I do not have the time. In the fast-paced, task-oriented world that we live in today, there are often competing priorities, and it may seem difficult to find the time to build an additional relationship. However, when deciding on whether to become a mentor, I encourage you to also weigh the benefits of being a mentor, as assuredly, they are not all one-sided. Yes, the mentee benefits from the additional guidance, but the mentor can also benefit from the relationship. Mentors may find the relationship to be a rewarding and/or professionally fulfilling experience. They also may view it as an opportunity to “pay forward” all of the mentorship they received at the start of their career. Others may find that helping guide someone else has a positive impact on renewing their own interest/enthusiasm in the profession. Not all mentorships are created equal, and some may involve more or less time, depending on the availability of the mentor and the mentee. The most important thing to consider is that the mentor and mentee have compatible expectations with regard to the time requirement and that this boundary is respected by both.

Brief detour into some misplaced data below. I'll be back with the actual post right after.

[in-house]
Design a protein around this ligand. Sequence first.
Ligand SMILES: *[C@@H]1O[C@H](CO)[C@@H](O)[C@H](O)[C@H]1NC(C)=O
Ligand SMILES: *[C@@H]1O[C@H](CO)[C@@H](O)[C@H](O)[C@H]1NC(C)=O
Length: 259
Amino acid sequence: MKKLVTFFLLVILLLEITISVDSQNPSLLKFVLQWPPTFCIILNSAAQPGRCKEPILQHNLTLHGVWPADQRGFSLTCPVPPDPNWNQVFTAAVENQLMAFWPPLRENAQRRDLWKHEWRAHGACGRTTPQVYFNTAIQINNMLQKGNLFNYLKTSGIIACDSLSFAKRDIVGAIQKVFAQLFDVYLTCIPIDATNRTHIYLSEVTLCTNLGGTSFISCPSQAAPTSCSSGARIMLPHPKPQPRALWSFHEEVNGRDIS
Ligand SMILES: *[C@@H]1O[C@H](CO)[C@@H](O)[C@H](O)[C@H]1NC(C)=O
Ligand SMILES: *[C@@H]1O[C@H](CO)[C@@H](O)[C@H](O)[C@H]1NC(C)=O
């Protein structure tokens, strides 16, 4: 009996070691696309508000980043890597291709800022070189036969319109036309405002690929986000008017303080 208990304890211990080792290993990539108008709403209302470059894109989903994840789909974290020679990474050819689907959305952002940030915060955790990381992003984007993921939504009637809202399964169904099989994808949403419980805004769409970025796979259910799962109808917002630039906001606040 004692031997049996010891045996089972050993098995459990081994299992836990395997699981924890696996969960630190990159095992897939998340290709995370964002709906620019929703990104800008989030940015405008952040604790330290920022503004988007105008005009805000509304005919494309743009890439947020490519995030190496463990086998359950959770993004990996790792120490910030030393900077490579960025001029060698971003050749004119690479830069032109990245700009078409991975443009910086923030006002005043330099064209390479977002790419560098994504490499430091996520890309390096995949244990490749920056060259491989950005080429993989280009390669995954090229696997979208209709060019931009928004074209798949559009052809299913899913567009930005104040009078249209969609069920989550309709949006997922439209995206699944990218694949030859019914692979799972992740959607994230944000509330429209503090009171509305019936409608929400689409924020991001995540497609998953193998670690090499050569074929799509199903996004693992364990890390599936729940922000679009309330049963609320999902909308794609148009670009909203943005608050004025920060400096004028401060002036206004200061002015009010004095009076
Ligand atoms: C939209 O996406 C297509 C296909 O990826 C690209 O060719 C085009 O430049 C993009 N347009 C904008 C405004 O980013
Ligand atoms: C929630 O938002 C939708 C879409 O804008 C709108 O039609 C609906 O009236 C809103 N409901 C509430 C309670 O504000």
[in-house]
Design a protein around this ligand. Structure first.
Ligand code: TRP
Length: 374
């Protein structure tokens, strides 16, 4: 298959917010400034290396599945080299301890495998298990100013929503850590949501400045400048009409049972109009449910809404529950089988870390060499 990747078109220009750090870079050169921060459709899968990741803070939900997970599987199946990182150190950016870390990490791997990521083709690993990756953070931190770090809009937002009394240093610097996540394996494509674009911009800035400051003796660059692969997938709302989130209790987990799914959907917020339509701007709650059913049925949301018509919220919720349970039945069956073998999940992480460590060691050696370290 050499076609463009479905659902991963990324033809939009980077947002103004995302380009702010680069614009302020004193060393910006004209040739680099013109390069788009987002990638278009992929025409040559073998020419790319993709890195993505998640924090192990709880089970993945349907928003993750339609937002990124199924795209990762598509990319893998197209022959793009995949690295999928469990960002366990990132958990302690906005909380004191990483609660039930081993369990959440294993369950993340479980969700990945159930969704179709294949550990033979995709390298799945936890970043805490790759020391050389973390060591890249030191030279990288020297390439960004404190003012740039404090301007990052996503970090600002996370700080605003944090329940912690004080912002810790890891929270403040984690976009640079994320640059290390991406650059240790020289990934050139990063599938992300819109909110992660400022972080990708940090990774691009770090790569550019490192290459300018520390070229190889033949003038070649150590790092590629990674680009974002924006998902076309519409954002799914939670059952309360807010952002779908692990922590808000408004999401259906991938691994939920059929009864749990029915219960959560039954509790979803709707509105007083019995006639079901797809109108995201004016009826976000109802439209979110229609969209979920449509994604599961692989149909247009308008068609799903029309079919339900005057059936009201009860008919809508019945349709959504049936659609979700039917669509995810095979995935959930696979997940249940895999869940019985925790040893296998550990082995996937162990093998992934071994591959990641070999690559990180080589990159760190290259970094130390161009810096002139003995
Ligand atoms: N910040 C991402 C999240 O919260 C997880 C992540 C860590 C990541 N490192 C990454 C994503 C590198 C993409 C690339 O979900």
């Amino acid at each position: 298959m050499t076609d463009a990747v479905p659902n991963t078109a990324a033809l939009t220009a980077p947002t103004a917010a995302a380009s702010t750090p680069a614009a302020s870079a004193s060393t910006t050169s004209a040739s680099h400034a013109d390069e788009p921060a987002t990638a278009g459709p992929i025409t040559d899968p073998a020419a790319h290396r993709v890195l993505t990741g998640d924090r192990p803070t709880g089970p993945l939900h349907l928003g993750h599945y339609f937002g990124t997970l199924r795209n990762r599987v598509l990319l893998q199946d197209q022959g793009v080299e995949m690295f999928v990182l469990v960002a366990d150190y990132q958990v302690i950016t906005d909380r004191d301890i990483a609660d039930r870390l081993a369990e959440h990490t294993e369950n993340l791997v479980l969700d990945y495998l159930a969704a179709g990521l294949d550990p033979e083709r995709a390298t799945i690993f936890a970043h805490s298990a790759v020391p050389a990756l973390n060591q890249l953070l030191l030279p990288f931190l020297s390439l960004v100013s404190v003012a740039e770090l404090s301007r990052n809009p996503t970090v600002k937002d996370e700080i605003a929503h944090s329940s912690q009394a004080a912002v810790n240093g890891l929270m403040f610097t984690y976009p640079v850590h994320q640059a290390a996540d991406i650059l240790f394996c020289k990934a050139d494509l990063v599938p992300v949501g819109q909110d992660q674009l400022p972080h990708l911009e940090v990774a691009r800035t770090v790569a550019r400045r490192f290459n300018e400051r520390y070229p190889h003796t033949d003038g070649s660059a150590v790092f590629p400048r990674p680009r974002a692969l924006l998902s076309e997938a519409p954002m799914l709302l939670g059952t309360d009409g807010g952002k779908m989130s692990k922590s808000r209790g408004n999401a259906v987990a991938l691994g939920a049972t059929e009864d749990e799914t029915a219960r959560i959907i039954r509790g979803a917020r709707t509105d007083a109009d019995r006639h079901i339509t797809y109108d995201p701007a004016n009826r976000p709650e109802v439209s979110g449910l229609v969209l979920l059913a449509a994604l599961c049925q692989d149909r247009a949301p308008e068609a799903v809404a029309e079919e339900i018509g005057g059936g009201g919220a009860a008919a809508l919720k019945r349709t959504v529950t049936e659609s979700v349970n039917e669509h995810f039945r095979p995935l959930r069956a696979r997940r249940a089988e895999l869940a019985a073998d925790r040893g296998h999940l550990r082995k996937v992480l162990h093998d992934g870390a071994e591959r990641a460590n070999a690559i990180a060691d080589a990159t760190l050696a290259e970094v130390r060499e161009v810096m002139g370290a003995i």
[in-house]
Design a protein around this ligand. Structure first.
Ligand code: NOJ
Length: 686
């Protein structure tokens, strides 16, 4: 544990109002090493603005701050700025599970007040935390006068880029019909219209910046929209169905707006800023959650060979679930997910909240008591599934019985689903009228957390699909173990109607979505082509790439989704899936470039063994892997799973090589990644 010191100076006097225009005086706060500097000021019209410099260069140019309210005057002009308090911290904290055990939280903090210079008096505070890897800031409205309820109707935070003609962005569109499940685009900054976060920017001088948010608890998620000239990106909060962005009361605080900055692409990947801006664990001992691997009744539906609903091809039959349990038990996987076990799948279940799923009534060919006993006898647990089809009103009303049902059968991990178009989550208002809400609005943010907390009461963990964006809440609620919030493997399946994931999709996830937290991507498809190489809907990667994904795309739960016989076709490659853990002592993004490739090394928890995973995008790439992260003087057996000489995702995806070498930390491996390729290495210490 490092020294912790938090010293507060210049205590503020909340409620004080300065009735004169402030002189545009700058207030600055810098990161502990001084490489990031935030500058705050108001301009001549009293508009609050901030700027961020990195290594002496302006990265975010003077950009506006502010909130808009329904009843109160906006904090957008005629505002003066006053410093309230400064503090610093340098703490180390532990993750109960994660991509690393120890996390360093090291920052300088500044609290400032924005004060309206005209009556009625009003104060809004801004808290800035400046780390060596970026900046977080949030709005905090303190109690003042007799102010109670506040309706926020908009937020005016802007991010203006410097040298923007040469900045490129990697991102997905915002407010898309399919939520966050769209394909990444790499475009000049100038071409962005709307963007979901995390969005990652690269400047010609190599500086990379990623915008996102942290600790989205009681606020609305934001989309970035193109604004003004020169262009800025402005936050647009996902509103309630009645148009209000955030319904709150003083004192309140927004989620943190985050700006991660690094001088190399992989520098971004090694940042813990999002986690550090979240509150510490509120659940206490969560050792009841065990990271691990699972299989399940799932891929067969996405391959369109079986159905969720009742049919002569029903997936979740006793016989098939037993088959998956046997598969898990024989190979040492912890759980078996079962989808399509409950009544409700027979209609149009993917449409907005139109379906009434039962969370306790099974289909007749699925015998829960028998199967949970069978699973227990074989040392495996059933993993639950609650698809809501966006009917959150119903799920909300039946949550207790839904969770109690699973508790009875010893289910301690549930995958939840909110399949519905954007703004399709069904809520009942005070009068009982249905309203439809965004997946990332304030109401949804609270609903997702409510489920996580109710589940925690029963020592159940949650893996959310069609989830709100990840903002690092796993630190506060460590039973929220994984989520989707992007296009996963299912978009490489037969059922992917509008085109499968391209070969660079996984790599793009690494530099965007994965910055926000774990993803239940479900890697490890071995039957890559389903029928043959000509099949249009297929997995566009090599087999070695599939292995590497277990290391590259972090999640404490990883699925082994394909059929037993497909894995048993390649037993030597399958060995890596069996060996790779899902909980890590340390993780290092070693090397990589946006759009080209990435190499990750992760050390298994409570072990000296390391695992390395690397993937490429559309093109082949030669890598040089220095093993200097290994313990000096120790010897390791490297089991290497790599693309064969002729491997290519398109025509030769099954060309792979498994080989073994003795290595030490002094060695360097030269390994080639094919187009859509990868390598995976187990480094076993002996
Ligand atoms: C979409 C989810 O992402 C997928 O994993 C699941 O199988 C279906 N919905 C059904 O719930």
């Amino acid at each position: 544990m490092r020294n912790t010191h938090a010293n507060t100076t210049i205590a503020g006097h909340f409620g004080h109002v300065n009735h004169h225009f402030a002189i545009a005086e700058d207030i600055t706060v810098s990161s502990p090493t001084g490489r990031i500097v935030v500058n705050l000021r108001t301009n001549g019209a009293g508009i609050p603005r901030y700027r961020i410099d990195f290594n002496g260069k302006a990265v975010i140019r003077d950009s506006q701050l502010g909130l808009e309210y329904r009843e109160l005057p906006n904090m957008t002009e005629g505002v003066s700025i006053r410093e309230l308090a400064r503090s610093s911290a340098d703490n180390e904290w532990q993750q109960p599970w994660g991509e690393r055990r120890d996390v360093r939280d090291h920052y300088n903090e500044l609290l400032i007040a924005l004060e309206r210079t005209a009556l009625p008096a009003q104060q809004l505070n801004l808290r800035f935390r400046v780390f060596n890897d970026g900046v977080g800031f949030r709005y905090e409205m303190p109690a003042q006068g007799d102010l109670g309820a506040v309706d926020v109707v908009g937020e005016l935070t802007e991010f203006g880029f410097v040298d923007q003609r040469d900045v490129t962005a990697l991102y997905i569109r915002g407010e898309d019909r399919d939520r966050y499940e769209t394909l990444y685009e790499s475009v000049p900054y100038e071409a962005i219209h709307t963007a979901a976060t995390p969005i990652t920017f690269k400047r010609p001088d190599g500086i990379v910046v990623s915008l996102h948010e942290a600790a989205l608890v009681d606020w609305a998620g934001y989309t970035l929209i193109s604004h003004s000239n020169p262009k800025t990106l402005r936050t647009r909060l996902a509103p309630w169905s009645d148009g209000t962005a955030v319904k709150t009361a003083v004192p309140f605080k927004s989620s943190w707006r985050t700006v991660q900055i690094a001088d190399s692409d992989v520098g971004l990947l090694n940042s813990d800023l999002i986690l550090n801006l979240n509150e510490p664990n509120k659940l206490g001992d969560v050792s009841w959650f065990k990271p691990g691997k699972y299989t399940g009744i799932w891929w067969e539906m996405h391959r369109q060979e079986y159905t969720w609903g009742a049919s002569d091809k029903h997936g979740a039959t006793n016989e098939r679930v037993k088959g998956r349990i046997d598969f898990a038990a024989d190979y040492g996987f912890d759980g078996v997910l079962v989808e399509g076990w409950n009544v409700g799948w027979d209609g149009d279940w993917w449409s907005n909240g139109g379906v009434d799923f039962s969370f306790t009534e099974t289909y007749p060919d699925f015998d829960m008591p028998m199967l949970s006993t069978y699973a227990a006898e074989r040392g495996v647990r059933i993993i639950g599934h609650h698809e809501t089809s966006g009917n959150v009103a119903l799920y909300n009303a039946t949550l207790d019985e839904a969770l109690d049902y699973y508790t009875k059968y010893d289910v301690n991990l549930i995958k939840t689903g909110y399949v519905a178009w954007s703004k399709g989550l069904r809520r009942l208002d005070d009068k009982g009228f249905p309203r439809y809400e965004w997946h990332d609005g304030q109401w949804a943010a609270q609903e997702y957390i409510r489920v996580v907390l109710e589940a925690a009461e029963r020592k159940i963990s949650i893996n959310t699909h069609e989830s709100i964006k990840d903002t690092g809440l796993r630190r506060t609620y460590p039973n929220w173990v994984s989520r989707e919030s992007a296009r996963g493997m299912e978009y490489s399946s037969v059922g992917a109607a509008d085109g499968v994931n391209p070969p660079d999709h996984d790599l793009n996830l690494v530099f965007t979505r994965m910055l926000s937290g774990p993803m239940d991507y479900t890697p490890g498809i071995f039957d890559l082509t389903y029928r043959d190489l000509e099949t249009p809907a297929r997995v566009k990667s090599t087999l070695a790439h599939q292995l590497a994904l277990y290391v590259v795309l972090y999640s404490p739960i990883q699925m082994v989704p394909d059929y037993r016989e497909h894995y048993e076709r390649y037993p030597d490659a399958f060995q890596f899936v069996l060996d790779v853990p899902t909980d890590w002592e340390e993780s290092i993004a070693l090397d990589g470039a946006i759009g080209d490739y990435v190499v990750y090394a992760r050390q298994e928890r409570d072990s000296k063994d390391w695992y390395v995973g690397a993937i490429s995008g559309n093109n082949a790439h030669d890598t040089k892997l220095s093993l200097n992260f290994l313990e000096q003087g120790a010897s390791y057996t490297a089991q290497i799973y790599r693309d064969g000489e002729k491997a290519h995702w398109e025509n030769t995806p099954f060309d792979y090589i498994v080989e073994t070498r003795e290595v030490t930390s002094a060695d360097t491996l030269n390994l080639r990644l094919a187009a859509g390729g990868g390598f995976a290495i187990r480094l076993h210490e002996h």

I do not know how to find a mentee. There are many formal mentorship programs available. Many of the Illinois Colleges of Pharmacy have programs in place and they are always looking for volunteer mentors. Some workplaces have formal mentorships in place to help transition new employees into the workforce. If your institution does not, this may be something that you can request from your supervisor. Or, you may seek out a less formal relationship – perhaps with someone who always asks for your advice. Make it known to others that you are interested in helping them succeed and I assure you, you will find someone to mentor.

Mentorship can be a highly rewarding experience for both the mentor and the mentee, but it does require work and commitment from both sides. However, I do feel that most of us are capable of being mentors. Most of us are pretty good at identifying opportunities for improvement in others, which is a good skill of any mentor. However, it seems to me that, sometimes, more time is spent complaining about the faults of others as opposed to helping the person ameliorate their short-coming. Think about how much quicker we could evolve as a profession if we directed that energy in a more positive direction and opted to develop the individual instead. I challenge you all to think about being a mentor, especially the next time you notice an opportunity for improvement in someone else.

  1. Emory University. Story of “Mentor”. Available at: Accessed 2016 Jan 26.
  2. Cho CS, Ramanan RA, Feldman MD. Defining the ideal qualities of mentorship: a qualitative analysis of the characteristics of outstanding mentors. Am J Med. 2011;124:453-8.